Remnants of the Druid ways were greatly weakened when Henry II (1154-1189) of England built up civil government in place of church courts. He took as his emblem the "sprig of broom" of the House of Anjou, which in the French of the day became "plant a genet", or Plantagenet. His roots were French, not English. Henry pushed the first colony into Ireland, assaulting the indigenous Celtic culture. During this same time, the strict-minded Cistercian monks began a reform of the monasteries, bringing discipline more in line with Rome and further from Druid values. Among Henry's sons were Richard the Lion-Hearted, who was championed by Robin Hood, and the Bad King John whose abuses brought about the Magna Charta.

There followed foreign wars in France by the English Kings. The new nobility got themselves killed off in such crusades.  The rise on the merchant class brought wealth and power to men without Norman heritage. When Henry VIII (1509-1547) broke the Church of England away from Rome, the split carried with it political and philosophical undercurrents rising from the opposing cultures.

In our times I see a revival of interest in Celtic Spirituality, by both those of Pagan of Christian leanings. I noted with interest in 2002 that the incoming Archbishop of Canterbury, Rowan Williams, was inducted into the Welsh Gorsedd of Bards. The Old Religion is to the New as a Woman is to a Man: She lies down beside him and, sooner or later, he must close his eyes.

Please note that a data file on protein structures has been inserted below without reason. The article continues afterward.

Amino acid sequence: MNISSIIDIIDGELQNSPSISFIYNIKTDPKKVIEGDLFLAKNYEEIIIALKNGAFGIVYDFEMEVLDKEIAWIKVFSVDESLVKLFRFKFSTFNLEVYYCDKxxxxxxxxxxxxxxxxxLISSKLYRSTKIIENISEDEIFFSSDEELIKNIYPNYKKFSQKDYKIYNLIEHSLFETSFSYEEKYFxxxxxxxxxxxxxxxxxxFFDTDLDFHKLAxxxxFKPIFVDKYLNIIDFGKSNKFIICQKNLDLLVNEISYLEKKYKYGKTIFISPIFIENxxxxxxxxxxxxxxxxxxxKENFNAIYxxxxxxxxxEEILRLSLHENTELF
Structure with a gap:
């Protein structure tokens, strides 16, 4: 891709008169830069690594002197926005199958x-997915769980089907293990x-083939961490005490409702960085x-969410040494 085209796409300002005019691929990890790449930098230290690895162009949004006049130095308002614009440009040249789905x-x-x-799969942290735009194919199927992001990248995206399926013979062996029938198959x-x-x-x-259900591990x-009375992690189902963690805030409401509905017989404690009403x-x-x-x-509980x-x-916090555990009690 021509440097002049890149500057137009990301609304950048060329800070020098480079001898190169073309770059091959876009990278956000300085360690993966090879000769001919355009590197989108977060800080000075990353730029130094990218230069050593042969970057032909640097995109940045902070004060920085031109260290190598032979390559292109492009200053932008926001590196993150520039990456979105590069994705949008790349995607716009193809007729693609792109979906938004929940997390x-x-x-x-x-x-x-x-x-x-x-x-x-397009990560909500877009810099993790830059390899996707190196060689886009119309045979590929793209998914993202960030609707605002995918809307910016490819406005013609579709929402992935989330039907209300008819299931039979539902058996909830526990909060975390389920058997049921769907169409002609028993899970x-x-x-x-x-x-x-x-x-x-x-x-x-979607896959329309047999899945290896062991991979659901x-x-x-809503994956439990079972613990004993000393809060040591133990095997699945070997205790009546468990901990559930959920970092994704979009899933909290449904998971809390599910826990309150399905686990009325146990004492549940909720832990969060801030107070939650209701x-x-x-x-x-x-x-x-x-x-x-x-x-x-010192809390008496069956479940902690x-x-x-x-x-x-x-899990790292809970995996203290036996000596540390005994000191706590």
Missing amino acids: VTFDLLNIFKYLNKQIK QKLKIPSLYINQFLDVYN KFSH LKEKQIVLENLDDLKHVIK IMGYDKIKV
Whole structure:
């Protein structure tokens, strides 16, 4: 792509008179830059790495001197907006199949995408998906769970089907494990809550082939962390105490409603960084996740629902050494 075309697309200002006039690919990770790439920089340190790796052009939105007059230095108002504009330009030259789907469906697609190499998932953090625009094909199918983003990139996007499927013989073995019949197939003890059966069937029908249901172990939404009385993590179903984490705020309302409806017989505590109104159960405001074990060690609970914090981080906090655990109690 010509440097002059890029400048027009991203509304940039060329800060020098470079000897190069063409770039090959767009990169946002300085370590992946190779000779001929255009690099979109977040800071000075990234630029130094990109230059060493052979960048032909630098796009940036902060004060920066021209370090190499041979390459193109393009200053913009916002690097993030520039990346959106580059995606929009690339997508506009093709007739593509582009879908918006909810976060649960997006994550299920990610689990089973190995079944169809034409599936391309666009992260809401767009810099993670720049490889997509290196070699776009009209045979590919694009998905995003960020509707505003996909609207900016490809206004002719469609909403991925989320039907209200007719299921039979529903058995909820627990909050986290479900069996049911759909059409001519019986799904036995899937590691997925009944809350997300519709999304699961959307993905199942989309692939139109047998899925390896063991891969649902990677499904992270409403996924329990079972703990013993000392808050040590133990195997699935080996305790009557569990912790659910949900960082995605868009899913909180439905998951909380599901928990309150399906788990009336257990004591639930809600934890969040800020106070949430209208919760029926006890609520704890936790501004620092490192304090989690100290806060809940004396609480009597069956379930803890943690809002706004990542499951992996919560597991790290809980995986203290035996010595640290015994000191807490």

An Irish blessing may be seen to include a call to the four quarters and an invocation of deity:

May the road rise to meet you,
May the wind be always at your back,
May the sun shine warm upon your face,
May the rain fall soft upon your fields,
And until we meet again,
May God hold you,
in the hollow of his hand.

                                 --An Irish Blessing

One can read through Christian Celtic resources for a glimpse into the older times. Look for the picture books on the coffee tables of your Episcopalian friends. For an enjoyable study in the contrast between Irish and Roman thinking, explore the Sister Fidelma mysteries. These are the adventures of a seventh century religious as she unravels tales of murder and intrigue.

    Nan A. Talese/Doubleday, 1995
  2. Mystery Fiction: The Sister Fidelma Mysteries by Peter Tremayne Absolution by Murder, Signet/Penguin 1997
    Shroud for the Archbishop, Signet/Penguin 1998
    Suffer Little Children, Signet/Penguin 1999
    The Subtle Serpent, Signet/Penguin 1999
    The Spider's Web, Signet/Penguin 2000
    Hemlock at Vespers, St. Martin's Minotaur, 2000
    The Monk Who Vanished, St. Martin's Minotaur, 2001

  3. EVERY EARTHLY BLESSING by Esther DeWaal Servant Publications, 1991.  
  4. THE CELTIC VISION edited by Esther de Waal, 1988
    Publisher: St. Bede's Publications, Petersham, Massachusetts
  5. THE EDGE OF GLORY: Prayer in the Celtic Tradition by David Adam
    Publisher: Morehouse-Barlow Triangle/SPCK England
  6. LIVING BETWEEN WORLDS - Place and Journey in Celtic Spirituality by Philip Sheldrake
    Publisher: Cowley Publications, 1995
  7. THE BOOK OF KELLS An Illustrated Introduction to the manuscript in Trinity College Dublin, Bernard Muhan, Studio Editions, Ltd., England 1995  
  8. LISTENING FOR THE HEARTBEAT OF GOD: A Celtic Spirituality by J. Philip Newell  
  9. THE DRUIDS by Peter Berresford Ellis  
  10. THE DRUIDS, Celtic Priests of Nature by Jean Markale  
  11. IN SEARCH OF THE INDO-EUROPEANS: Language, Archeology, and Myth by J.P. Mallory

Use google.com to find the many online Celtic resources and sites about Ireland in general. Take a look at Ireland's History in Maps and the Iona Community.

Google Irish and Scottish Festivals in Southeast Florida.